Changes in the Murine Nigrostriatal Pathway Following Pyrethroid and Organophosphate Insecticide Exposure: An Immunohistochemical Study


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Virginia Tech


Parkinson's disease (PD) is a debilitating motor disorder that primarily afflicts older individuals (> 50yrs). Although its cause is unknown, many factors are thought to contribute to the disease. There is growing epidemiological evidence supporting a link between pesticide exposure and PD. The present immunohistochemical study was undertaken to characterize the role of insecticide exposure in the etiology of idiopathic PD. The insecticides selected for study were the pyrethroid permethrin (PE) and the organophosphate chlorpyrifos (CP), both of which possess properties that could damage or disrupt the nigrostriatal pathway, which is the principal neurodegenerative target in PD. The present study examined possible alteration of the amount of dopamine re-uptake transporter protein (DAT), within the striatum of the C57BL/6 mouse, using DAT antibodies, following low (0.8, 1.5 & 3.0 mg/kg) and high (200 mg/kg) doses of PE, respectively. Possible nigrostriatal terminal degeneration was examined using antibodies to tyrosine hydroxylase (TH), the rate-limiting enzyme in dopamine synthesis, following treatment with 50 mg/kg of CP alone or in combination with the high dose of PE. For both the high dose of PE alone and for the combined PE/CP treatment, glial fibrillary acidic protein (GFAP) antibodies were used to examine the possibility of non-degenerative tissue injury. Groups of matched treated/vehicle-control mice received three IP injections of the insecticide/dose of interest over a 2-week period. Counts of immunoreactive (IR) neuropil in the dorsolateral striatum were made from four pre-selected fields per striatal tissue section. Counts were compared between matched sections, processed on the same slide, from a treated mouse and its vehicle control. A mean difference score, across slides, for each treated/vehicle control pair was determined. All low dose PE groups showed a trend of decreased DAT IR neuropil, but only the 3.0mg/kg group showed a statistically significant reduction (p<.0078). The 200 mg/kg PE group showed a trend toward reduced TH IR neuropil that was not statistically significant, but a significant increase in GFAP IR (p = .048) was observed. No significant change in TH IR neuropil was observed for CP (50mg/kg) alone. A significant increase was observed for GFAP IR neuropil for the PE/CP (200/50 mg/kg) combination dose (p = .033). The combined insecticide treatment failed, however, to produce a significant change in TH IR within the striatum, compared to vehicle controls. These data suggest that the significant increases in GFAP IR neuropil, in the striatum, reflect some form of tissue insult, following exposure to a high dose of PE, or PE/CP in combination, that is insufficient to induce degeneration of dopaminergic terminals within the temporal interval investigated. Although such damage may be sufficient to account for previously reported decreases in maximal dopamine uptake observed with high doses of these compounds, the DAT IR data appear to indicate that this damage is unlikely to be a change in the amount of DAT in these high dose conditions. The decreases in striatal DAT IR neuropil observed for low doses of PE suggest an alteration in the normal integrity of the nigrostriatal pathway and in the route by which environmental toxins may enter dopaminergic neurons.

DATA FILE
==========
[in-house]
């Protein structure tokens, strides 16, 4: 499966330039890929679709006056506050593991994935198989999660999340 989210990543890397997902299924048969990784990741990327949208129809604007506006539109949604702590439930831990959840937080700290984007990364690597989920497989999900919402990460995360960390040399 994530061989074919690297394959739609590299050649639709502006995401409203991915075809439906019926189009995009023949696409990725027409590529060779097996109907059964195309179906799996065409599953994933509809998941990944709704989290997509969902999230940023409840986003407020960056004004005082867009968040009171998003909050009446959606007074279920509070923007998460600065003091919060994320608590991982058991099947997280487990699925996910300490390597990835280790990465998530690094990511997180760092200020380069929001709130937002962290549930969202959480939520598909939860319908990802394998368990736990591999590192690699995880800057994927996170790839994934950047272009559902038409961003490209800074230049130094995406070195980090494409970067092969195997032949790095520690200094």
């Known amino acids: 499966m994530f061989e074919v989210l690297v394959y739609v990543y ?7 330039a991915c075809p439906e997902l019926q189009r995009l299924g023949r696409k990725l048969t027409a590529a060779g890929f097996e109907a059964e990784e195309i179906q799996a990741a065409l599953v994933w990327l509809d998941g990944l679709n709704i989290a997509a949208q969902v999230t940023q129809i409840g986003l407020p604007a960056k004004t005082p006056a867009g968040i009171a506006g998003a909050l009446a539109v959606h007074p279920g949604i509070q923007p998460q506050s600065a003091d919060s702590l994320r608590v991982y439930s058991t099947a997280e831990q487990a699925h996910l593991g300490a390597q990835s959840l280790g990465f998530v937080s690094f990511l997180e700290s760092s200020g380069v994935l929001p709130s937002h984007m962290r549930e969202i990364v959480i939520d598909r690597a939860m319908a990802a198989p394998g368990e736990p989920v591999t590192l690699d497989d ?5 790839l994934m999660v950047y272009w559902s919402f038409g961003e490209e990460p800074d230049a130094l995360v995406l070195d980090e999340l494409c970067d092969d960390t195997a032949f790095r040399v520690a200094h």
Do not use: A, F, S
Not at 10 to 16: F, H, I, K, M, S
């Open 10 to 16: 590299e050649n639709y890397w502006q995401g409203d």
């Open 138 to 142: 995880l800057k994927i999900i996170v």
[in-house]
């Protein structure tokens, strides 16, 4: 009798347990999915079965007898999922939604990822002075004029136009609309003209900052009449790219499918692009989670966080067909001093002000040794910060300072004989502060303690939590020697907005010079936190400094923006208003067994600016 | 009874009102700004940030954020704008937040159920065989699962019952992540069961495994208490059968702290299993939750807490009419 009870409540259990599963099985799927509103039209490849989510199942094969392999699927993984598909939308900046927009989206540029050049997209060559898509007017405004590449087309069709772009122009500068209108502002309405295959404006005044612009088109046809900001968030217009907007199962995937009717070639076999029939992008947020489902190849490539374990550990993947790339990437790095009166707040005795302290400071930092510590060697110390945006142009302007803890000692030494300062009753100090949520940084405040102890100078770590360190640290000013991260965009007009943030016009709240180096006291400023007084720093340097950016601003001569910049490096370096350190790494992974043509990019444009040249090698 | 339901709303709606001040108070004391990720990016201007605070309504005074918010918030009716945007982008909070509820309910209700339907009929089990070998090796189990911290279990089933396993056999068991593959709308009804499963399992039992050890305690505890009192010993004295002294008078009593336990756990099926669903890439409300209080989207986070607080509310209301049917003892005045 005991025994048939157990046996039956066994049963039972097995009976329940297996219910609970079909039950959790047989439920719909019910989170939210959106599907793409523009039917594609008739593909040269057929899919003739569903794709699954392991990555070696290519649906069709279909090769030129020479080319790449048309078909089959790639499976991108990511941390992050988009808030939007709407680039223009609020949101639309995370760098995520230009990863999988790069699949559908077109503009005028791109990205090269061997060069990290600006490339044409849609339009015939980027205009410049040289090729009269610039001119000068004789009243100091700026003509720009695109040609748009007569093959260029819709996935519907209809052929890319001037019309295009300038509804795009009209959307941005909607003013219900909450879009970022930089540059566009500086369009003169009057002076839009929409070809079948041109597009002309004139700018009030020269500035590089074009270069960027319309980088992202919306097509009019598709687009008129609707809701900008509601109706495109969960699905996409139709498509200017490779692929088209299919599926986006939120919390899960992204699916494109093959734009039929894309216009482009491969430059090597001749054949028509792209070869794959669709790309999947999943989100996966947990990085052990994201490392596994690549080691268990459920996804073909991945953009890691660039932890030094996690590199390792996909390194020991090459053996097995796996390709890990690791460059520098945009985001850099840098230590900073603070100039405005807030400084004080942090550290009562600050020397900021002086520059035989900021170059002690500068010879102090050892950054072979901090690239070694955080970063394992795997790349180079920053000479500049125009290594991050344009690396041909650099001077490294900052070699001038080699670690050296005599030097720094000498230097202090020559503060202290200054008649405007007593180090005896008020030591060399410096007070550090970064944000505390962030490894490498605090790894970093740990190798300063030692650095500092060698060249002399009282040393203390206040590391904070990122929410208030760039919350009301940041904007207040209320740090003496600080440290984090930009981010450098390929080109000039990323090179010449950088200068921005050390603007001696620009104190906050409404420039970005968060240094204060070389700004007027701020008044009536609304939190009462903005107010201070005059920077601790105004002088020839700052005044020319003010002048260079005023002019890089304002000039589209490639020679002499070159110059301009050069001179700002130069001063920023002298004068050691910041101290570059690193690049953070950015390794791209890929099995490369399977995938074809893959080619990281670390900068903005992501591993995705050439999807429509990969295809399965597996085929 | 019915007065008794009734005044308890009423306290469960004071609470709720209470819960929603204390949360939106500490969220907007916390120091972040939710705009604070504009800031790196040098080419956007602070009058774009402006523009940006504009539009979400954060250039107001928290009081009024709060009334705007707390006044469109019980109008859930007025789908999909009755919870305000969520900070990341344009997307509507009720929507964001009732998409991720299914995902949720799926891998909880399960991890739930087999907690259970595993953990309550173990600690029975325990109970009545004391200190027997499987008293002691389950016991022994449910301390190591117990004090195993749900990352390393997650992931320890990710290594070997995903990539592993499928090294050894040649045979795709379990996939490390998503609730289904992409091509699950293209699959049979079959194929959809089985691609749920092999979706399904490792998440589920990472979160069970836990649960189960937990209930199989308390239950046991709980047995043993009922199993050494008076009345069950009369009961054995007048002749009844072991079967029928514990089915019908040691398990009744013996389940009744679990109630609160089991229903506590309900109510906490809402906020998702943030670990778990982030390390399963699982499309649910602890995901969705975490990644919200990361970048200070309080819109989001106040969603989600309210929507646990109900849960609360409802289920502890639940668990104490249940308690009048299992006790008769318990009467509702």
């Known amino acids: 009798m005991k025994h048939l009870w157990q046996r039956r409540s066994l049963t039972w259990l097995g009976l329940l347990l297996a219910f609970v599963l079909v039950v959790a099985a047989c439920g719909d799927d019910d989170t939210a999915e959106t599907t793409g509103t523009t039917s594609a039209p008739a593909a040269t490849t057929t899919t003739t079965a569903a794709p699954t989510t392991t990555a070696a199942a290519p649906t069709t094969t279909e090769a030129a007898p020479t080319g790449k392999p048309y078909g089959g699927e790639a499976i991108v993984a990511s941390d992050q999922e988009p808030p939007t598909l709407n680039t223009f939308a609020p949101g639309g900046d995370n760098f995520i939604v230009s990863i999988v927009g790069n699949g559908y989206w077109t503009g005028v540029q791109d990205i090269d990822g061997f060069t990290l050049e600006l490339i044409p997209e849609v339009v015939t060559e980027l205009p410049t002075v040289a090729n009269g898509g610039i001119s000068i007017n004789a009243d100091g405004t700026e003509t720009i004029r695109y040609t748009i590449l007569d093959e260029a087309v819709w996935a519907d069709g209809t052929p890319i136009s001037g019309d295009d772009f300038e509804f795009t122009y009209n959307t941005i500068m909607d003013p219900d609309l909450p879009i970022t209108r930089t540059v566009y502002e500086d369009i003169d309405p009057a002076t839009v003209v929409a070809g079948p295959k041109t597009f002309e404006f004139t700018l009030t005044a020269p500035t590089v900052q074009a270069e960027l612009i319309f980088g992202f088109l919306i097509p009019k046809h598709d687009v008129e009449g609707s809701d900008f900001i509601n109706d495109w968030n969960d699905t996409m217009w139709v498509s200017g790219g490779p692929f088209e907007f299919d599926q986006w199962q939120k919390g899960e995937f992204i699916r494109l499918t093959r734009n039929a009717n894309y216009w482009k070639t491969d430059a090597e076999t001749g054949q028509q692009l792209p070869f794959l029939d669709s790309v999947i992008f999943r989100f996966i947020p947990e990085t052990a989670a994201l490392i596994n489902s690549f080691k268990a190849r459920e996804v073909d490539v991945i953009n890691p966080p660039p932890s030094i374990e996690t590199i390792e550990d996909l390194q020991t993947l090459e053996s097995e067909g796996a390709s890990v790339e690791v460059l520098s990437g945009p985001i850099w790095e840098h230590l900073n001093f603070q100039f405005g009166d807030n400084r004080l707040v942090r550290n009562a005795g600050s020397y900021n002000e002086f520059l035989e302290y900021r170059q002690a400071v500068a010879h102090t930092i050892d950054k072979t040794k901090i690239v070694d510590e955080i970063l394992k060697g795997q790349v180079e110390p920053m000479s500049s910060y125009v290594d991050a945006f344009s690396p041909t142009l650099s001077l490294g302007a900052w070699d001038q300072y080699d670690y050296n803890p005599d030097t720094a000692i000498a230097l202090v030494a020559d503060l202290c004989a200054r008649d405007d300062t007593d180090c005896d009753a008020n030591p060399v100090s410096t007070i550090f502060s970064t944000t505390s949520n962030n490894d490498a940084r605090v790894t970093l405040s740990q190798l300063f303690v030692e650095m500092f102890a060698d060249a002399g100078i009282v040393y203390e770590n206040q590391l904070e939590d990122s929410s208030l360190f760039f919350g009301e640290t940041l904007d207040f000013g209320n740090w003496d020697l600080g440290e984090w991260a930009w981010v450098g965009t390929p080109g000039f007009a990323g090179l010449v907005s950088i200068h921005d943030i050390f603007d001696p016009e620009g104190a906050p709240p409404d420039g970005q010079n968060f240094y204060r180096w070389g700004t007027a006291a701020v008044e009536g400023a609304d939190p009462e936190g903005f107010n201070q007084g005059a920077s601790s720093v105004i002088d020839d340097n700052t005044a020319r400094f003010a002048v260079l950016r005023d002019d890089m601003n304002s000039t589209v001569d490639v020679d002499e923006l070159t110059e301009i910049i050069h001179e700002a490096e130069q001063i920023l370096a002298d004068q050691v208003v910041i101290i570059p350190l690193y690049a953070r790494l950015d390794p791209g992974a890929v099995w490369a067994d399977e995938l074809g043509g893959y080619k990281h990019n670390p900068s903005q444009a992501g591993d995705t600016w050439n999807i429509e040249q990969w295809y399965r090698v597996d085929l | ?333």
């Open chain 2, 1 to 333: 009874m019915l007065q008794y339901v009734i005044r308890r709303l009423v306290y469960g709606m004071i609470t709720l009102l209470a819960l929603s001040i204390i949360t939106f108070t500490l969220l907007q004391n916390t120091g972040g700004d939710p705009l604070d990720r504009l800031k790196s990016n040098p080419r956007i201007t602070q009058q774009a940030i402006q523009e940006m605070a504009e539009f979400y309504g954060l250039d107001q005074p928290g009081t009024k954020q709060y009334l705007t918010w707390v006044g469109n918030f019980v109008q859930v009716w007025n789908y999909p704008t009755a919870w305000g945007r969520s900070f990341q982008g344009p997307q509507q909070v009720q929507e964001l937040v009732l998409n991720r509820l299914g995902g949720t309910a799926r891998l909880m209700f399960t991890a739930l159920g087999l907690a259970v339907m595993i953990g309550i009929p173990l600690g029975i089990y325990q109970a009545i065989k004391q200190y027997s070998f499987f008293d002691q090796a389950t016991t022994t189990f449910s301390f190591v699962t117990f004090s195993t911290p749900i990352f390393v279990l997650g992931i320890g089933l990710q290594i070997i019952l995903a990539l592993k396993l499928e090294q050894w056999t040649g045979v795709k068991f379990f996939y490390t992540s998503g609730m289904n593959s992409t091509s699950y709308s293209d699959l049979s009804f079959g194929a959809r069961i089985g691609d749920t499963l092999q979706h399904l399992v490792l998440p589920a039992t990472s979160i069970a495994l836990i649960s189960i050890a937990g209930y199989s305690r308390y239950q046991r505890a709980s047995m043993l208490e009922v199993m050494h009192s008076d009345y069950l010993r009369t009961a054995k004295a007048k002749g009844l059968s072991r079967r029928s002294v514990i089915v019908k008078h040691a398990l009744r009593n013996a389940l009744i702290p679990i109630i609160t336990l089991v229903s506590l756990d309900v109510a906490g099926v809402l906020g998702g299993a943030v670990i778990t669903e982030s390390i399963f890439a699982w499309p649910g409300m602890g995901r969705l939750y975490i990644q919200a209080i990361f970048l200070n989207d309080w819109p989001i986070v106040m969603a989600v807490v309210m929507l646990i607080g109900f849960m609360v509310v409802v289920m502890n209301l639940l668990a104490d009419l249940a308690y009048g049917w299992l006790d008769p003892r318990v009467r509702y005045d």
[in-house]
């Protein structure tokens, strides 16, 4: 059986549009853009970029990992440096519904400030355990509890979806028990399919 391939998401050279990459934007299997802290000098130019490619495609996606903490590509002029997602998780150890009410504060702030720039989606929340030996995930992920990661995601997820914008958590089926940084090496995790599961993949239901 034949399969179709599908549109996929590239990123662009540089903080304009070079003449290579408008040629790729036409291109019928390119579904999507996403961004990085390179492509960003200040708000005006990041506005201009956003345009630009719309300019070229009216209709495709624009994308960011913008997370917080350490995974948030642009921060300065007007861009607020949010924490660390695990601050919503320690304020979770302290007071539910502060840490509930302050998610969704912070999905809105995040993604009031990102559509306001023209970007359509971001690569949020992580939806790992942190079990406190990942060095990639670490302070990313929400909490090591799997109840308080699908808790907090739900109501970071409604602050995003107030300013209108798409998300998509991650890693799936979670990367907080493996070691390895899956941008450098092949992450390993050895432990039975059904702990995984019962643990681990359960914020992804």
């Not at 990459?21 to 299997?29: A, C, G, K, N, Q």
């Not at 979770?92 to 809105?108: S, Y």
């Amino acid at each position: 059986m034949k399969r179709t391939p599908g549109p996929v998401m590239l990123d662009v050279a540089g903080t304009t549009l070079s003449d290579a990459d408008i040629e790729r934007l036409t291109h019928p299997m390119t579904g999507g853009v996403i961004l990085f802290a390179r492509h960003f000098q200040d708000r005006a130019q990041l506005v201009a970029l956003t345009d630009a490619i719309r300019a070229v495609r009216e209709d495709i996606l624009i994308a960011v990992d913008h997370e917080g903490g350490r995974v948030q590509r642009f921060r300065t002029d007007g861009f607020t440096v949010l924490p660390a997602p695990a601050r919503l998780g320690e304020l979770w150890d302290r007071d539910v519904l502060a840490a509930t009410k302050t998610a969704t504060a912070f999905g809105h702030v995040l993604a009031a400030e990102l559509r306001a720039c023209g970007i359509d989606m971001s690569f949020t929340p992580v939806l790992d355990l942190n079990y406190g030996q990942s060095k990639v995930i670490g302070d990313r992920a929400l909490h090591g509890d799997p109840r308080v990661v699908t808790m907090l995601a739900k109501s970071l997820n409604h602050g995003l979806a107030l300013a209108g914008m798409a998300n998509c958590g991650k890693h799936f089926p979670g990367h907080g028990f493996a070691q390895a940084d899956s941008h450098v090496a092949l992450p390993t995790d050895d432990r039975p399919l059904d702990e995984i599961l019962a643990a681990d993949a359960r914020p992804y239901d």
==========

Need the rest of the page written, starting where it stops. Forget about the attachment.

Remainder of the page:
Permethrin, Chlorpyrifos, Parkinson's Disease, Immunohistochemistry, Neurotoxicity